Women start fewer petitions on Change.org than men, but are much more successful at achieving their goal, the president of the petition website told The Huffington Post UK.
Jennifer Dulski, the president and COO of Change.org, said that while men have stared just over half (53%) of the petitions on the platform, campaigns started by women win more often.
“Women get one-and-a-half times more signatures on their petition than men do," she said.
Dulski, 43, said: "We believe that the reason is threefold: first, they are really good at telling their personal stories and the campaigns we see as most successful on the site are the ones where people really explain why the issue matters to them and sometimes are willing to be vulnerable about the way they describe that.
“They also share with their networks in a more effective way and then we also believe that they have a certain amount of persistence where they aren’t as willing to let the campaigns close, they sort of keep fighting," Dulski added.
Change.org now has 90 million users around the world and 70% of all its signatures come from women.
It is now seeing nearly one ‘victory’ every hour – when a petition is closed because it has achieved its aim – tripling the rate from 2014.
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Campaigns that get a backing of more than 1,000 people are also mostly started by women.
“I think you’ve also seen [persistence] here in the UK around the No More Page 3 campaign. It’s an example of how you take an issue of something that many people think could never have been changed, and her campaign has been quite successful," Dulski said.
"There’s a debate around whether it’s already won, or its in progress and it may win, but the momentum around that she has created about that cause is impressive.”
She added that women’s rights issues were a growing topic for petitions: “One of the trends we started seeing last year that I think we’ll see continuing to see expanding into 2015 is around women’s empowerment, particularly in the UK.
“You saw a lot of campaigns last year like women on banknotes, like the FGM campaigning which really started in the UK and then moved into the US and is now moving into Africa, which is exciting. We’re starting to see more of that around the world as well as campaigns coming from young women.”
Two 13-year-old girls in Canada started a petition to ask for their sex education curriculum to be rewritten to include the concept of consent. “They actually won this campaign in a very short space of time. They met with the premier of Ontario who has supported them and tweeted about it,” says Dulski. “She agreed to change the curriculum and has put them on a task force about it.”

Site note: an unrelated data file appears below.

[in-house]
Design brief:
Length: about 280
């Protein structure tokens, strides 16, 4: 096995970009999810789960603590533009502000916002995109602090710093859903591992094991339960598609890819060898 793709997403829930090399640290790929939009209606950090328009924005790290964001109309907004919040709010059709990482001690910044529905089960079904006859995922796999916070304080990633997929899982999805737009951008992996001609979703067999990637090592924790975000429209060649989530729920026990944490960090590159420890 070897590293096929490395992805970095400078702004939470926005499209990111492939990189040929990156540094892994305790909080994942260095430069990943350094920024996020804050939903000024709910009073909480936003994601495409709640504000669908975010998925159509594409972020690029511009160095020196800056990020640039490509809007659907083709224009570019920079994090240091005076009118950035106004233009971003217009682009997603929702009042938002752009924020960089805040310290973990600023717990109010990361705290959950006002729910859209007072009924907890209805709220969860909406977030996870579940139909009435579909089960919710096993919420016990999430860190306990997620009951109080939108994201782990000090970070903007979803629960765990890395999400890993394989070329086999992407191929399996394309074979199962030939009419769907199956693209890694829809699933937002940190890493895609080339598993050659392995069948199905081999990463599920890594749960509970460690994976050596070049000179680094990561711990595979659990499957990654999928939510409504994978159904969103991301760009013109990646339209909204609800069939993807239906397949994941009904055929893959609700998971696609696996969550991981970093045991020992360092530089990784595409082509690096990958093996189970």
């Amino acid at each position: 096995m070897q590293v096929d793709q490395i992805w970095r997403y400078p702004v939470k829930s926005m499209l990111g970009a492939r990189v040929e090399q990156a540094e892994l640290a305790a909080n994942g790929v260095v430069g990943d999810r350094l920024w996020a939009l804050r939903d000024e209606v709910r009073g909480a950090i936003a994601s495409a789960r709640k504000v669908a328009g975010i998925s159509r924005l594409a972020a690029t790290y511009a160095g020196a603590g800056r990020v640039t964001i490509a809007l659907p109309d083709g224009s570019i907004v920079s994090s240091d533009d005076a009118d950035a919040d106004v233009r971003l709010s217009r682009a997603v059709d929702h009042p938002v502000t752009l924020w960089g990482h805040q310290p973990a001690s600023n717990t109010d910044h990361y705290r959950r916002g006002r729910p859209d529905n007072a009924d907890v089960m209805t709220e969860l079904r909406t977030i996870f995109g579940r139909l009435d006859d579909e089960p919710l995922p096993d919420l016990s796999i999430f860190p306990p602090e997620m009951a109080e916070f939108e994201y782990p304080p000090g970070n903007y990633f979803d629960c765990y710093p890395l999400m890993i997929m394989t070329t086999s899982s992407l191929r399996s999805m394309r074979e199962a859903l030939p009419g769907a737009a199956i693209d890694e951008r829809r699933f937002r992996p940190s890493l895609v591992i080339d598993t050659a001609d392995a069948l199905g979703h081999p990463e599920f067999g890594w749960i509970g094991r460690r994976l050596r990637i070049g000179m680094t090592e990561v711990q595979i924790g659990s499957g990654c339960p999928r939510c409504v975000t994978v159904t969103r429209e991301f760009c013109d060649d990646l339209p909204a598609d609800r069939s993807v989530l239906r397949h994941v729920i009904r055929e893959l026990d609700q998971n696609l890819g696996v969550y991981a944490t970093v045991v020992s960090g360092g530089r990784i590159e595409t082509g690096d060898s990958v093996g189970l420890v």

Over a million people have signed the petition to introduce measures to end the killing of women in Turkey after the brutal murder of Özgecan Aslan, who was defending herself against an attempted rape.
When a driver for the taxi app Uber raped a woman in India, Uber responded to the Change.org petition, not only agreeing to introduce stricter background checks - the petition's demand - but also laying out a five-point safety plan.
Dulski helped to raise $25 million of funding for Change.org last year, after it was founded eight years ago in 2007. It makes its other income through advertising.
Dulski said that people’s expectations of petitions have evolved recently: “Petitions originally were megaphones, a way to get lots of people together speaking about what they cared about, but there wasn’t a way for the person being petitioned to engage in dialogue.”
Change.org introduced a “verified decision maker” scheme, which allows business leaders and politicians can respond directly to everyone who has signed a petition.
Nick Clegg recently used it to reply to the petition to grant posthumous pardons to more than 40,000 men convicted for their sexuality in the last century, after WWII codebreaker Alan Turing’s conviction was overturned. It’s also supported by Stephen Fry, Benedict Cumberbatch and Keira Knightley.
Change.org doesn’t reveal what percentage of petitions are successful – though Dulski confirms it’s less than half. This isn’t surprising: “Sometimes people petition for silly things, like there’s a guy who is petitioning that he wants to become a walrus,” she smiles.
With the UK general election looming, Dulski said that she felt petitions could work with voting to make a “more educated voter”.
“I see them as an important component of thinking about how to understand your elected officials and their behavior. One of the things that you can look at now with the decision makers tool is you can see each elected official and how many petitions they have responded to, and what their responses have been.”
MPs Matthew Hancock is also a ‘verified decision maker’ along with 29 other conservative MPs. Lib Dems including Ed Davey, Vince Cable and Danny Alexander are also signed up. Stella Creasy is one of “only a couple” of Labour MPs who are part of the scheme according to Change.org.